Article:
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As the nation reflected on the 13th anniversary of the Sept. 11 terror attacks, the Wisconsin National Guard’s 54th Civil Support Team was hard at work training to combat terrorism here at home.

The Madison, Wisconsin-based unit concluded a multi-day exercise in Milwaukee where evaluators from U.S. Army North assessed the unit’s ability to respond to the myriad scenarios the CST could encounter.

The Sept. 11 exercise required the 54th to enter a vacant office building in Brown Deer, Wisconsin, where civilian investigators believed a terrorist had manufactured a bomb and nerve agents that had been deployed in a fictional scenario at a Milwaukee concert venue two days earlier.

A survey team entered the building in full protective gear to assess the situation using sophisticated equipment to monitor the air for threats and hazards. As part of the exercise, one of the survey team members simulated an incapacitating injury that tested the team’s aptitude at extracting an injured team member and decontaminating him before medical treatment.

Every 18 months, the CST gets a full-scale evaluation from U.S. Army North, where it tests everything from the unit’s ability to analyze hazardous materials, to providing medical treatment, decontamination, and even the unit’s logistics and communications operations.

They get tested beginning with the initial alert to assembly, deployment, arriving on scene, conducting their mission and re-supplying, according to Jeff Taylor, one of the U.S. Army North evaluators on-site in Milwaukee. The unit must be able to sustain itself for up to 72 hours without resupplying.

All 57 civil support teams in the nation are graded on the same criteria every 18 months in addition to each unit’s requirement to complete at least one collective training event every month. The 54th CST conducts an average of 20-24 collective training events each year, according to Lt. Col. David May, the unit’s commander.

That sort of vigilance and preparation is required for the unit to be on call 24 hours a day for 365 days a year.

But the hard work has paid off. The 54th CST is considered one of the best in the nation, and its importance has only grown in the communities in which it serves.

A part-time predecessor to the 54th existed in the 1990s, but in 2004, the unit became a full-time asset. Senior Master Sgt. Chris Brown, the unit’s enlisted leader, has been with the unit since its inception and wanted to join the unit because of the mission and a desire to serve his community.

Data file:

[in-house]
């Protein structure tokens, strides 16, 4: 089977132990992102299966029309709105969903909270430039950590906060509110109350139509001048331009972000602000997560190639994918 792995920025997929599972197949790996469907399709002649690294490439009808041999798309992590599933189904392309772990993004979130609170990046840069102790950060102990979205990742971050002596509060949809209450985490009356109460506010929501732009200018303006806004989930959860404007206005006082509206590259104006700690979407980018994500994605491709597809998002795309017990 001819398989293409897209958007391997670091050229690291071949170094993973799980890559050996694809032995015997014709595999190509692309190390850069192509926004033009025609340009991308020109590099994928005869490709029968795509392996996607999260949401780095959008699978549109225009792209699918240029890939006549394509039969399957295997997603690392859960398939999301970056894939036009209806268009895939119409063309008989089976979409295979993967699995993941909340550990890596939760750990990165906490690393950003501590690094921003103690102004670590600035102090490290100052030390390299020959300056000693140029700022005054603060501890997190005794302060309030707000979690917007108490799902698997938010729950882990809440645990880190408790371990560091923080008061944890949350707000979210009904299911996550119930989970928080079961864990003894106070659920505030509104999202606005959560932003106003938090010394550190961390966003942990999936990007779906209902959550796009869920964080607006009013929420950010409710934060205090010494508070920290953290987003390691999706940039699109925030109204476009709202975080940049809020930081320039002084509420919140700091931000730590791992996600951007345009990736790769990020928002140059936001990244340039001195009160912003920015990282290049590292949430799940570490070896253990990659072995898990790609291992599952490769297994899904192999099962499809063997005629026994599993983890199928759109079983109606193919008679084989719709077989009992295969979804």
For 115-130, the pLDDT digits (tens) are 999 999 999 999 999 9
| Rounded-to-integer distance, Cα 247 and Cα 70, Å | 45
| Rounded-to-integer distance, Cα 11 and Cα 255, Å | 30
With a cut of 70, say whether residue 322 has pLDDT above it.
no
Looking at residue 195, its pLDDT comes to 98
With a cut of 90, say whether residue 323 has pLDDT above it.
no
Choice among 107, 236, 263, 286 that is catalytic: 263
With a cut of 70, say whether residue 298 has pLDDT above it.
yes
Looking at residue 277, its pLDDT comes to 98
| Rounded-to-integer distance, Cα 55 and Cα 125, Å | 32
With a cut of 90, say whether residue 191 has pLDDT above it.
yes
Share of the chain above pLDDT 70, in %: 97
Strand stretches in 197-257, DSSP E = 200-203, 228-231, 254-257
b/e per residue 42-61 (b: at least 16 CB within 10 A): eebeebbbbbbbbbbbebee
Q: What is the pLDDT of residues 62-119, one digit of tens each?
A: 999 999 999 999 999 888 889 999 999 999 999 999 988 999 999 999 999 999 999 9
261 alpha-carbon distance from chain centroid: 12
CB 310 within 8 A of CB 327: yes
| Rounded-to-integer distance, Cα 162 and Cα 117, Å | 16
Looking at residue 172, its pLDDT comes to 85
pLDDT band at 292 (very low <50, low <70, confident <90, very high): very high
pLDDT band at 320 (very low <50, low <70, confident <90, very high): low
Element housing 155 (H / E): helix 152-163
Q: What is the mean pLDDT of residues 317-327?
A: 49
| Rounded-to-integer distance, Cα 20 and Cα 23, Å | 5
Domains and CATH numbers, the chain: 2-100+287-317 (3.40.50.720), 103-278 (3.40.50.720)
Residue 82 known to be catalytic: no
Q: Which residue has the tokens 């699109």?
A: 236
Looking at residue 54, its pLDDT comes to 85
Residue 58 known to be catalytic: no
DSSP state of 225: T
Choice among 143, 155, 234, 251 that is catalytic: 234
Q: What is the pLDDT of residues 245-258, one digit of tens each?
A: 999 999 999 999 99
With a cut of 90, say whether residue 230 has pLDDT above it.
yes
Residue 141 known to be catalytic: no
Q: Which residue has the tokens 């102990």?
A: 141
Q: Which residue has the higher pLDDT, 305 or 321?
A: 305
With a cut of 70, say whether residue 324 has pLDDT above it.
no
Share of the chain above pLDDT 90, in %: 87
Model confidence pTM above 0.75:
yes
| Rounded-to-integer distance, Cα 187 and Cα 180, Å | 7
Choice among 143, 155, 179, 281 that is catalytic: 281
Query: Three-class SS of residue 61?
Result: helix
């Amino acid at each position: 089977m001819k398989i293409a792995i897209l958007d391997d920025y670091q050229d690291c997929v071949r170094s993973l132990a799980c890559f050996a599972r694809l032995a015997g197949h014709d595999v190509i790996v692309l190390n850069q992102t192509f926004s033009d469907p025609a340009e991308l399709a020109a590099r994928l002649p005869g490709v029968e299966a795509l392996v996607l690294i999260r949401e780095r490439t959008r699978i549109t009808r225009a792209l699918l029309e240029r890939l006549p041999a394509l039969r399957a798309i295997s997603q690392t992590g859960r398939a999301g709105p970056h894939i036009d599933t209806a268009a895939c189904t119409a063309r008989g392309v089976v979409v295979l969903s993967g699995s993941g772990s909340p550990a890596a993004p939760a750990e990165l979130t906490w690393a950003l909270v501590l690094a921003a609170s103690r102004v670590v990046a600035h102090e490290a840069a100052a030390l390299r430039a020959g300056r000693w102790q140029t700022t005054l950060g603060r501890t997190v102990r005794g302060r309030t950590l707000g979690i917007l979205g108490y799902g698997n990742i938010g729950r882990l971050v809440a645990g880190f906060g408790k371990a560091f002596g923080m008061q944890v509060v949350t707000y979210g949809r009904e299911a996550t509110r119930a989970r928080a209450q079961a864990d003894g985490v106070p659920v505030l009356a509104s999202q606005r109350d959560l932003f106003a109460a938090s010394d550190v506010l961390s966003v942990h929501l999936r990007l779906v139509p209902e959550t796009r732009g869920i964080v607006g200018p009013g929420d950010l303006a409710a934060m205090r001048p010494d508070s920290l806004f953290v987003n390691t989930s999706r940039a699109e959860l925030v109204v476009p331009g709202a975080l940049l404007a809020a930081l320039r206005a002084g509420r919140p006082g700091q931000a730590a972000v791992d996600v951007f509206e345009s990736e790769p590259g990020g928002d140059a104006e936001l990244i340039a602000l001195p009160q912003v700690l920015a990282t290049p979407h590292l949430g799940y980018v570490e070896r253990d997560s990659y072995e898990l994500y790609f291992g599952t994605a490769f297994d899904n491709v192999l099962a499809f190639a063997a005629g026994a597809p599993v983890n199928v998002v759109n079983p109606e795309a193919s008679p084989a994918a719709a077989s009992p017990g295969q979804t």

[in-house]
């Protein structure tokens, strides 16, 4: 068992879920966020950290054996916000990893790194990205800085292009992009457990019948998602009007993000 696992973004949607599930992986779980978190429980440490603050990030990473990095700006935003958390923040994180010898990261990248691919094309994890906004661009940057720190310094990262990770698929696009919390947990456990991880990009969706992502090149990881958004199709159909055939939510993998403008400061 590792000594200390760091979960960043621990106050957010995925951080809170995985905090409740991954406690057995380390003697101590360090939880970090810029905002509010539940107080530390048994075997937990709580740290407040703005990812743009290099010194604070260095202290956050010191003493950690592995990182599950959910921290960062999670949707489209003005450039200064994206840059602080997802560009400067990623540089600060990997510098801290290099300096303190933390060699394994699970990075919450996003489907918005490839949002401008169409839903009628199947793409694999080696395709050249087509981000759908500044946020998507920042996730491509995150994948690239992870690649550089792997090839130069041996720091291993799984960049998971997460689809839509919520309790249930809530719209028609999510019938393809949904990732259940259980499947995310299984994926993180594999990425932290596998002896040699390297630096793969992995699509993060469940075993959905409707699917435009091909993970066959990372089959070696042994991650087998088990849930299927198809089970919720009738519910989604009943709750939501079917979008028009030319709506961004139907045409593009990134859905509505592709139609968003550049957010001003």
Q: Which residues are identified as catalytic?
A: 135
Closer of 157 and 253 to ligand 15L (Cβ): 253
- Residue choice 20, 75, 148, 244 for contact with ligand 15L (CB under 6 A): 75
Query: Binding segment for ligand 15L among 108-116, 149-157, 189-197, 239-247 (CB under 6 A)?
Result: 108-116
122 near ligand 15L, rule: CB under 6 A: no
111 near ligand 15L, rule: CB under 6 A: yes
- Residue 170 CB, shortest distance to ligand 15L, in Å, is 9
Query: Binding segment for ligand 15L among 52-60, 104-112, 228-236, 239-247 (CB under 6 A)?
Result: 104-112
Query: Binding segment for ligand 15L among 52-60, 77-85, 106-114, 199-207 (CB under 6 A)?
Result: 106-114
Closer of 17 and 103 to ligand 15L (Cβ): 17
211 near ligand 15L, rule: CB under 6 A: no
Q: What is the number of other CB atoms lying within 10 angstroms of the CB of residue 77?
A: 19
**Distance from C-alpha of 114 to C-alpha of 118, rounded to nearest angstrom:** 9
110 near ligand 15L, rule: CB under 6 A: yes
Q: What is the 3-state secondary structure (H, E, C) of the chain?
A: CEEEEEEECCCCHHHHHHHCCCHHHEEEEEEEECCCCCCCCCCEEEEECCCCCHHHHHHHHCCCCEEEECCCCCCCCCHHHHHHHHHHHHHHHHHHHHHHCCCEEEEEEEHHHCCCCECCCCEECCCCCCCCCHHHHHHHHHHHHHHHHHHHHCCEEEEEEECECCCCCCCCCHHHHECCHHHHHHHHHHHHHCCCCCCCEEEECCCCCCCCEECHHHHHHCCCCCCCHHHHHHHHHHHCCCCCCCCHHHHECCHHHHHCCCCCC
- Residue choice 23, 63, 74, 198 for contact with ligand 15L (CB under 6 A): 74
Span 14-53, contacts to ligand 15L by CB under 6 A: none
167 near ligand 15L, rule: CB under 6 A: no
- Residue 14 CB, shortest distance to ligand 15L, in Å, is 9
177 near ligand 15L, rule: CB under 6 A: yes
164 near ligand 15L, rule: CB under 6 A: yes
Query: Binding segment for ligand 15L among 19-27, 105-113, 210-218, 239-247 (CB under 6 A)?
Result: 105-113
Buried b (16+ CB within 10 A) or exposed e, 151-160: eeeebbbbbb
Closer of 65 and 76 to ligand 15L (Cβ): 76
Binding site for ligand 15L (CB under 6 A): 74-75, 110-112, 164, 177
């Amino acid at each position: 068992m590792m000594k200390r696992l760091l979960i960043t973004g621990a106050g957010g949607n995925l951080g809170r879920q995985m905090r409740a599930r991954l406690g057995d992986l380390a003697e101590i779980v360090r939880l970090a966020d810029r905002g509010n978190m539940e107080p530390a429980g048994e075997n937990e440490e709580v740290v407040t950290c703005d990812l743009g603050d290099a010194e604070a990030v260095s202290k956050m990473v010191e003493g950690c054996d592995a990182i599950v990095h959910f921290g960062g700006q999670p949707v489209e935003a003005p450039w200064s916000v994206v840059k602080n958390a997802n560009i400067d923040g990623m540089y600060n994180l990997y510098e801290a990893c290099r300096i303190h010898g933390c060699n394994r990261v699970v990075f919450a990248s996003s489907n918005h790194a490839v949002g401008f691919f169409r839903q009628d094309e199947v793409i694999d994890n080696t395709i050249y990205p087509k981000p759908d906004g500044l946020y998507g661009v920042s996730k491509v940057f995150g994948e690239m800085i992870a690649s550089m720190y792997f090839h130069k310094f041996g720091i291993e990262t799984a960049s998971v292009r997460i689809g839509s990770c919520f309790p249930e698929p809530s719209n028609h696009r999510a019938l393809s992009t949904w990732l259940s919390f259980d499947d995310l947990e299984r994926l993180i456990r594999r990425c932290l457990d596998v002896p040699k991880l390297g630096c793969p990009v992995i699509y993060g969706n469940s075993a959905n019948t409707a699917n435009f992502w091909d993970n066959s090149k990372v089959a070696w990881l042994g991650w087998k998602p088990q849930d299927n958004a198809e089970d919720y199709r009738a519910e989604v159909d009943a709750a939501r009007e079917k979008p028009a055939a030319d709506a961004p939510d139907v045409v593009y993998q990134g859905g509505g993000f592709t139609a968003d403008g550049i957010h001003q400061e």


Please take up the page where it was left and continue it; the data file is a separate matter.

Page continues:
And while Brown hopes the team never needs to be called into action, it gets called to several real-world missions each year in addition to standby missions at sporting events or other large-scale events.

“It’s always a hope for everybody that those things don’t happen,” Brown said. “But you have to be ready to help if it does.”

The events of Sept. 11, 13 years earlier illustrated the importance of vigilance and preparedness, and the significance of that day’s events were not lost on the unit, which observed a moment of silence in the midst of the exercise.

“That was certainly a day that had an impact on all of our lives certainly and all Americans, so we thought it would be fitting to have a moment of silence and reflection on this 13th anniversary,” May said. “I think that it’s significant that we’re all out here training.”

The Milwaukee exercise provided Sgt. Ava Kielisch, the team’s newest member, with an opportunity to get hands-on experience almost immediately. Kielisch returned from training just two weeks prior to the exercise and is now on the unit’s survey team, which enters potentially contaminated areas in hazmat suits.

“This is a huge exercise to walk in on,” she said. “And it really has helped me to put it together and see everyone work.”

The unit acquitted itself well in its evaluation. Of the more than 600 individual tasks on which it was evaluated, the U.S. Army North evaluators rated it fully qualified in every single one.

The 54th CST is made up of 18 Soldiers and four Airmen from the Wisconsin National Guard. The full-time unit’s role is to support civil authorities when requested by providing an analytical capability to determine unknown substances using its mobile lab. The unit can rapidly deploy and provide medical, communications and technical support to civilian agencies in the event of a terrorist attack, emergency or other event that involves weapons of mass destruction, toxic industrial chemicals or natural disasters.